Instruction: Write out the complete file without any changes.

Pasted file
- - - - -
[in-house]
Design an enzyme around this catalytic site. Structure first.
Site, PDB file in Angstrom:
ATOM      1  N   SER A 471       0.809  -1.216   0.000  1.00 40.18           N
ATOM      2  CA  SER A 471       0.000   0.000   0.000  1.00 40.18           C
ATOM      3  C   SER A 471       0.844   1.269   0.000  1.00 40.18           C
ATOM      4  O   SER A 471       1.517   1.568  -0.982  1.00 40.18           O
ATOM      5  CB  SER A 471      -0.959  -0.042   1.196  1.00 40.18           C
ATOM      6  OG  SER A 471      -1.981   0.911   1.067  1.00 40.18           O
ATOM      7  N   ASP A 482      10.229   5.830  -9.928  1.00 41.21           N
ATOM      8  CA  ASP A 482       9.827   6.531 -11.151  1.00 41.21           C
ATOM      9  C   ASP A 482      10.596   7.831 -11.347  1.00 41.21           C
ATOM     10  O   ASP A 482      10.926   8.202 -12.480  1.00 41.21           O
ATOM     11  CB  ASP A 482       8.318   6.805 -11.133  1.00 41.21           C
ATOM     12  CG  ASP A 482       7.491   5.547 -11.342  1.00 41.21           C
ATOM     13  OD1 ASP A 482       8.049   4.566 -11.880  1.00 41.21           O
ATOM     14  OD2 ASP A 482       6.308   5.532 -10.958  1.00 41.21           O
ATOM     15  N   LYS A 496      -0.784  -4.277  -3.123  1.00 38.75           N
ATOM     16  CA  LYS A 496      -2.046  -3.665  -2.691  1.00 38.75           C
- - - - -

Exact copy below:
[in-house]
Design an enzyme around this catalytic site. Structure first.
Site, PDB file in Angstrom:
ATOM      1  N   SER A 471       0.809  -1.216   0.000  1.00 40.18           N
ATOM      2  CA  SER A 471       0.000   0.000   0.000  1.00 40.18           C
ATOM      3  C   SER A 471       0.844   1.269   0.000  1.00 40.18           C
ATOM      4  O   SER A 471       1.517   1.568  -0.982  1.00 40.18           O
ATOM      5  CB  SER A 471      -0.959  -0.042   1.196  1.00 40.18           C
ATOM      6  OG  SER A 471      -1.981   0.911   1.067  1.00 40.18           O
ATOM      7  N   ASP A 482      10.229   5.830  -9.928  1.00 41.21           N
ATOM      8  CA  ASP A 482       9.827   6.531 -11.151  1.00 41.21           C
ATOM      9  C   ASP A 482      10.596   7.831 -11.347  1.00 41.21           C
ATOM     10  O   ASP A 482      10.926   8.202 -12.480  1.00 41.21           O
ATOM     11  CB  ASP A 482       8.318   6.805 -11.133  1.00 41.21           C
ATOM     12  CG  ASP A 482       7.491   5.547 -11.342  1.00 41.21           C
ATOM     13  OD1 ASP A 482       8.049   4.566 -11.880  1.00 41.21           O
ATOM     14  OD2 ASP A 482       6.308   5.532 -10.958  1.00 41.21           O
ATOM     15  N   LYS A 496      -0.784  -4.277  -3.123  1.00 38.75           N
ATOM     16  CA  LYS A 496      -2.046  -3.665  -2.691  1.00 38.75           C